User-friendly navigation for your chamber websiteFriday, April 13, 2012
The time I spent backpacking in Yellowstone National Park was one of the most incredible experiences of my life. The entire trip, I relied solely on color-coded trail markers to guide me through the primitive Wyoming wilderness. I emerged ten days later, dirt-streaked and enlightened – and realized I had never once needed to use my compass.
Likewise, web users shouldn’t need a compass to navigate your chamber of commerce website. Your website navigation design should be just as visible as the trail markers that guided me through Yellowstone.
First, a note on form vs. function
Before I dive into this post, I’d like to differentiate two components associated with navigation, form vs. function. Function refers to the specific content (such as link names) that guide users from Point A to Point B. Function-related topics will be discussed in future posts.
What I’m going to talk about today is form – the “look” of your navigation.
Top-level & sub-level design
The first thing to understand about navigation is that most websites contain two levels of navigation: top-level (global) and sub-level (in-page).
Top-level menu items are displayed on the homepage, and represent the main topics of a website. These menu items are most commonly displayed as tabs in a navigation bar.
Sub-level items branch off each top-level tab. The most visually appealing way to display a list of sub-level items is in a dropdown menu.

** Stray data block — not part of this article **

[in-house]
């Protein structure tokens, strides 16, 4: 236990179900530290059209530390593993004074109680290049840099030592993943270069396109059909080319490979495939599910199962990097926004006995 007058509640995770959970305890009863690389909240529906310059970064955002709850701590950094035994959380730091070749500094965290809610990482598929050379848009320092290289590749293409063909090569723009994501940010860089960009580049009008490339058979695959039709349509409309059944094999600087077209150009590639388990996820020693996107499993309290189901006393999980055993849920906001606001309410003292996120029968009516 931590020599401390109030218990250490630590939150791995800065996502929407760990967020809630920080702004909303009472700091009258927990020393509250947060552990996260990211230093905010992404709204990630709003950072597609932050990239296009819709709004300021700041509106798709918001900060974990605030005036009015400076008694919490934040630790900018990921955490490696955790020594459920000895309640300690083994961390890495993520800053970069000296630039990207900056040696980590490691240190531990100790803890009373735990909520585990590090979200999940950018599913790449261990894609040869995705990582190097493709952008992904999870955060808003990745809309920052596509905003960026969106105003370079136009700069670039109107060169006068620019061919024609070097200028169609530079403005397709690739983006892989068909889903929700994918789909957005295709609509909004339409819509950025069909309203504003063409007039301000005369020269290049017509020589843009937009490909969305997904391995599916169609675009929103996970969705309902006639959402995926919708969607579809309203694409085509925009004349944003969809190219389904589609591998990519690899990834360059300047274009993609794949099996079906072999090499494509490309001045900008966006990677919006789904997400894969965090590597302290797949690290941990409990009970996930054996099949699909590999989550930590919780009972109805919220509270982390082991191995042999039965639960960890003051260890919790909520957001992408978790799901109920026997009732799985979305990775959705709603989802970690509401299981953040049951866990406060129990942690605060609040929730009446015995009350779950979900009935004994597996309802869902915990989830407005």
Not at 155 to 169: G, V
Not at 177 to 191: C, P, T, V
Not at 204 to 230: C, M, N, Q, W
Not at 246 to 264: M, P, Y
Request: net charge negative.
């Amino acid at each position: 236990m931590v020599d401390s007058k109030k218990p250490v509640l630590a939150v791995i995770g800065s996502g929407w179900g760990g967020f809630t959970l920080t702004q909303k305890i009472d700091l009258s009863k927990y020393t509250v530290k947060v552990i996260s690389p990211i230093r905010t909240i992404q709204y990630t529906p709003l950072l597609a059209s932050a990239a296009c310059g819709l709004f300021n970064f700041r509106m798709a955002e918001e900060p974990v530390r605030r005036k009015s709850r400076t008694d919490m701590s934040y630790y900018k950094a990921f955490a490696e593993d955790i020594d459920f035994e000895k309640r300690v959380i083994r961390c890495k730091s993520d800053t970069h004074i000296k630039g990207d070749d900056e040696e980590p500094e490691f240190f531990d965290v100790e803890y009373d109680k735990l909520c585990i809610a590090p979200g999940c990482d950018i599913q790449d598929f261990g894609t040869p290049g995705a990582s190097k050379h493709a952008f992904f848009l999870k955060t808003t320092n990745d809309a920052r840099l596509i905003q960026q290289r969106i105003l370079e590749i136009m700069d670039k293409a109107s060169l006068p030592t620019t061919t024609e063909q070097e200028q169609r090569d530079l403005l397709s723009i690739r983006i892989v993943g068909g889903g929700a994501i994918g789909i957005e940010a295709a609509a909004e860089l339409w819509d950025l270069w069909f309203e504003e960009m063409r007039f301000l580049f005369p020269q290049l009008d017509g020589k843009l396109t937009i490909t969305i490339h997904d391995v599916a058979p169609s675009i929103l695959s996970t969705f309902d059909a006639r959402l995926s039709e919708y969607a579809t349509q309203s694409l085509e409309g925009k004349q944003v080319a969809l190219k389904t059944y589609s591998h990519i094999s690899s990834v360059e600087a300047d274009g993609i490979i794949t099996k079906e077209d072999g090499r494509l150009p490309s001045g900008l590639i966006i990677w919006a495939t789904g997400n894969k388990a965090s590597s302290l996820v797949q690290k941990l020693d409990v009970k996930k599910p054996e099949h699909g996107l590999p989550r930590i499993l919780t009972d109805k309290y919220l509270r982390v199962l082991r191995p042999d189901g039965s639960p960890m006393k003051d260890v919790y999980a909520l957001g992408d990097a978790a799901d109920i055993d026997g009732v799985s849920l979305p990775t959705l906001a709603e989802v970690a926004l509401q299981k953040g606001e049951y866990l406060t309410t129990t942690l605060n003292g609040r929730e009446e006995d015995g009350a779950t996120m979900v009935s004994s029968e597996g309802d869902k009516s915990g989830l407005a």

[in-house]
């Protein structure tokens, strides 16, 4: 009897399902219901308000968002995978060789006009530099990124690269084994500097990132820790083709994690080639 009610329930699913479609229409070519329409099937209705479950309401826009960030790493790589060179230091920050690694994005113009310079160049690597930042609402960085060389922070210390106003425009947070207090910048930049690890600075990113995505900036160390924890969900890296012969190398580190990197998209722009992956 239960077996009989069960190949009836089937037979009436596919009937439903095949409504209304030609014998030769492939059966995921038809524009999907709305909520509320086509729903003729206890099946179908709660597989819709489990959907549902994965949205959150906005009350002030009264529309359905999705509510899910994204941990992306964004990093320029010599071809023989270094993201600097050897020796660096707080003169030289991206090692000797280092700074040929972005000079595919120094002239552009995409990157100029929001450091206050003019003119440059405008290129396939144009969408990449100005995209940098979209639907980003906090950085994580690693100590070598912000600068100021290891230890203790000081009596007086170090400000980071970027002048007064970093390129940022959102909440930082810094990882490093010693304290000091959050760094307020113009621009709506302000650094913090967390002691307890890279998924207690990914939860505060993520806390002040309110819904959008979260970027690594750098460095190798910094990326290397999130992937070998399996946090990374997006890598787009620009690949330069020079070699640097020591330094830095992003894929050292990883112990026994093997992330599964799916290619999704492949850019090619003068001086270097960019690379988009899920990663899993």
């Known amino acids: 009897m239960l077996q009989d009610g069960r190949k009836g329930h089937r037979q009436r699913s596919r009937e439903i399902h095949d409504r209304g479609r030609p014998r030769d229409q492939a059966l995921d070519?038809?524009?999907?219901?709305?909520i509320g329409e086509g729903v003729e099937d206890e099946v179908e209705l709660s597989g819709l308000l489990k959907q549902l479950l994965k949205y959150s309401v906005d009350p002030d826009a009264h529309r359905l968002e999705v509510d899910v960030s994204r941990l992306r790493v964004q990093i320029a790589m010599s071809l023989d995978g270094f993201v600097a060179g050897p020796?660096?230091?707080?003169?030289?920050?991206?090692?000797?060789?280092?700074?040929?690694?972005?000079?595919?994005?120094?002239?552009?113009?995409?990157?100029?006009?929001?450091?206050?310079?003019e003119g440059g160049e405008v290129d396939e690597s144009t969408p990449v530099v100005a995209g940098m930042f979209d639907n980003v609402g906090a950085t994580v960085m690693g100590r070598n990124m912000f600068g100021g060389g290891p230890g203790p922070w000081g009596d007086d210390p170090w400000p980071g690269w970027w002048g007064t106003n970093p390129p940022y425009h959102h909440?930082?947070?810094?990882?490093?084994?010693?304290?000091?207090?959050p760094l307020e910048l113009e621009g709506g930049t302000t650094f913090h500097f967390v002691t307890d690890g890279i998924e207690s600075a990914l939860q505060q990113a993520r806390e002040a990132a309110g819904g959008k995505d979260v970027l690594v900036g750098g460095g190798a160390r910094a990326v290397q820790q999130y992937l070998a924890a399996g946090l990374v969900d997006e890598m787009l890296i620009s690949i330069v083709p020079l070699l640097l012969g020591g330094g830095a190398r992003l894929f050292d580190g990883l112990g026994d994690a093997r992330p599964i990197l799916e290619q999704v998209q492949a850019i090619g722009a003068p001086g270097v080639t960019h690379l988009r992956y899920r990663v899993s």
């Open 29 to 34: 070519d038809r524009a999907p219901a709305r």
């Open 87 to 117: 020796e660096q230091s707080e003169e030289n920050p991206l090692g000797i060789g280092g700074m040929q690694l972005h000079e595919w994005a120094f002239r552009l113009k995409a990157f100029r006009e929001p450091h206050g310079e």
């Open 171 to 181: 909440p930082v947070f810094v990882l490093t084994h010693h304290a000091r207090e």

Want to improve your navigation even more? Set each sub-level dropdown to automatically fly out when a cursor hovers over its designated top-level tab.
Visitors naturally assume your navigation bar will be located at the top of your website, directly under the header. So that’s exactly where it should be. (Imagine what would happen if the trail markers of Yellowstone were placed flat on the ground, slowly vanishing under falling leaves.)
Style & color
A cleverly styled navigation bar draws your visitor’s attention but still remains consistent with the overall website design. The style of your navigation bar shouldn’t appear to be an afterthought – choose a style that intentionally compliments your overall website design. Incorporate your website’s color scheme into your tabs and dropdown menus.
SPOTLIGHT: Los Angeles Chamber of Commerce
The Los Angeles Chamber of Commerce website does a great job in the design of their navigation. Notice how their clean tabs below the header make the navigation bar easy to identify. The colors of the navigation bar stand out from the header image, yet still complement the overall design. Convenient dropdown menus appear when a visitor hovers the cursor over each tab, and the white text is perfectly legible against the solid blue background.
No compass required
Every hiking enthusiast knows how to use a compass, but that doesn’t mean we want to get lost in the woods. And visitors certainly don’t want to get lost in your website. Create a user-friendly experience for your visitors by putting your navigation bar front-and-center.
Up next: Content for your chamber website
For the past seven weeks, I have discussed how cutting-edge website design and usability will greatly enhance your chamber website. You’ve learned how to channel your inner artist, choose the perfect typeface and develop a user-friendly design. Today’s post concludes my series on chamber website design and usability.
Now that you understand key elements in creating your website design, it’s time to start filling the pages with content. The first step is choosing the right content management system. Come back next Friday for the kick-off of my new series on content for your chamber website.